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BrenhamEngII Drama

Brenham English II Drama Terms

QuestionAnswer
Act one of the main divisions of a play or opera
Alliteration repetition of initial consonant sounds
Allusion reference to a well-known person, place, event, literary work, or work of art
Antagonist character or force in conflict with a main character or protagonist
Anticlimax turning point that is a letdown; point which audience or reader learns the story will not turn out in a way that completely resolves the conflict or satisfies the audience.
Aside short speech delivered by a character in a play in order to express his or her thoughts and feelings; presumed not to be heard by the other characters.
Assonance repetition of vowel sounds followed by different consonants in two or more stressed syllables. Hear the mellow wedding bells
Atmosphere the feeling created in the reader by a literary work or passage.
Blank Verse unrhymed iambic pentameter. Widely used by Shakespeare
Characterization the act of creating and developing a character Can be direct or indirect
Comedy literary work that has a happy ending. Often portray ordinary characters in conflict with society.
Conflict struggle between opposing forces; the basis for a story
Couplet a pair of rhyming lines, usually of the same length and meter.
Dialogue conversation between characters that may reveal their traits and advance the action
Drama a story written to be performed by actors, script made up of dialogue and stage directions
Figurative language writing or speech not meant to be interpreted literally, often used to crate vivid impressions by setting up comparisons between dissimilar things.
Imagery descriptive language used in literature to create word pictures, uses details of sight, sound, taste, touch, smell, or movement.
Irony the general term for literary techniques that portray differences between appearance and reality, or expected result.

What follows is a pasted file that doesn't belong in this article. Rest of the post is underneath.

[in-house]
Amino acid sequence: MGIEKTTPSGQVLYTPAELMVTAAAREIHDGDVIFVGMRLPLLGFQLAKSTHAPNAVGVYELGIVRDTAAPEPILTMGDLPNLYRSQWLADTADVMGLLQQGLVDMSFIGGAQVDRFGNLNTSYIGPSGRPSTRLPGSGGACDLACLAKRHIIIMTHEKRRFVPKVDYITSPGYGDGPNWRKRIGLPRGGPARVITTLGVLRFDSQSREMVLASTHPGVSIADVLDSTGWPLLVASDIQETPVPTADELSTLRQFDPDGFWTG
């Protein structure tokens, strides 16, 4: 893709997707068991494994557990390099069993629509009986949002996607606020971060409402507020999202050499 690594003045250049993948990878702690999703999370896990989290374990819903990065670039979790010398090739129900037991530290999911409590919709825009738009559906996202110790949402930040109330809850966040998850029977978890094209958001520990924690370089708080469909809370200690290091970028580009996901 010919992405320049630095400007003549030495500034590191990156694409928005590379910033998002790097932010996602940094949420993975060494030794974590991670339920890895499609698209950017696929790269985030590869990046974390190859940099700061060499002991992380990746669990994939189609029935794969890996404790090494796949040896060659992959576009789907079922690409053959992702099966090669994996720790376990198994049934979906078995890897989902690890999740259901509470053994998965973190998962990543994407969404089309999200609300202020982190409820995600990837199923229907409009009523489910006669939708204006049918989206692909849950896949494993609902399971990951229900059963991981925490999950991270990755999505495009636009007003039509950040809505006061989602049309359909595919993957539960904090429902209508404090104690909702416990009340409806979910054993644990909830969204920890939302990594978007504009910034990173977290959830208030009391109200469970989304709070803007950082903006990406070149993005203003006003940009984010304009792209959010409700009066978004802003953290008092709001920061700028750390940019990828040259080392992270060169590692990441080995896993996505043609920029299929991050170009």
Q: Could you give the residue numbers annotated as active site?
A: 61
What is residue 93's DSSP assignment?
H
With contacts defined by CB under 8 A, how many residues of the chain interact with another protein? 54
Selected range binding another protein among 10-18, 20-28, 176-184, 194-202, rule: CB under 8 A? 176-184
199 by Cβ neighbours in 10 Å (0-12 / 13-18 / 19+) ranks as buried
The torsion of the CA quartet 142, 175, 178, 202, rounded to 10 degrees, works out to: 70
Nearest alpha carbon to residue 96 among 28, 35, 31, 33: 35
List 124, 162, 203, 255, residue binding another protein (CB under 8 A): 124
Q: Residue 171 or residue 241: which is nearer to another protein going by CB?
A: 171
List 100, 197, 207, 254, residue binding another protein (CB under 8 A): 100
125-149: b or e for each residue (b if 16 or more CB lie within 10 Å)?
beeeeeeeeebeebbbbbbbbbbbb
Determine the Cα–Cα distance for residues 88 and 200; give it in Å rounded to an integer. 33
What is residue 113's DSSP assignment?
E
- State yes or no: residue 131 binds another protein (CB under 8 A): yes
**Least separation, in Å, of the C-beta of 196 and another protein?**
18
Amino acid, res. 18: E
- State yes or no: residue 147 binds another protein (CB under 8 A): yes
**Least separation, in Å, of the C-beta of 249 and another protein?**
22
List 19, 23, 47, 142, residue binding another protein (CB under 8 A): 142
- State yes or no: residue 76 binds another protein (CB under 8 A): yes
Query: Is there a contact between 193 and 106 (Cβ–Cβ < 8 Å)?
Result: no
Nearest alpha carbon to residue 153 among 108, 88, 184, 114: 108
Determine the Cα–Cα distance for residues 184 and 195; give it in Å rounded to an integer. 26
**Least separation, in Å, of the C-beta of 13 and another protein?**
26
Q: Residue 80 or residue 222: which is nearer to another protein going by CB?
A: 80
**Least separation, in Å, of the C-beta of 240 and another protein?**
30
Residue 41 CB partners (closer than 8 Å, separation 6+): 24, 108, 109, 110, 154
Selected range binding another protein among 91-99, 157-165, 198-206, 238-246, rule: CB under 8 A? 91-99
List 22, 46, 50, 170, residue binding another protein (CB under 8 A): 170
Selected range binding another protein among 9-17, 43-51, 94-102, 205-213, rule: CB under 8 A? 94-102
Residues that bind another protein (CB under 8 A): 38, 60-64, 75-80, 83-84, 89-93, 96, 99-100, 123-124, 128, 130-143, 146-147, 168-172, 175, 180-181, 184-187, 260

Verbal words used suggest the opposite of what is said
Dramatic contradiction between what a character thinks and what the reader or audience knows to be true.
Situational event directly contradicts the expectation of the characters, reader, or audience.
Monologue in a play, a long speech by one character that, unlike a soliloquy, is addressed to another character or characters.
Oral tradition the retelling or songs, stories, and poems passed orally, or by spoken word, from generation to generation
Oxymoron a combination of words that contradict each other ex: “deafening silence” “honest thief” “bittersweet”
Protagonist the main character in a literary work that must overcome the conflict
Setting time and place of action, can include historical time period, specific year, season, or time of day. Place can be geographical place ( a region, country, state, or town) and can include social, economic, or cultural environment
Simile figure of speech in which the words like or as are used to compare two apparently dissimilar items.
Soliloquy a long speech expressing the thoughts of a character alone on stage.
Stage directions notes included in a drama to describe how the work is to be performed or staged. Printed in italics and are not spoken aloud. Describe sets, lighting, sound effects, appearance, personalities and movements of characters.
Theme central message or insight into life revealed through a literary work.
Tragedy A work of literature, especially a play, that tells of a catastrophe, a disaster or great misfortune, for the main character.
Created by: ethibodeaux2
 

 



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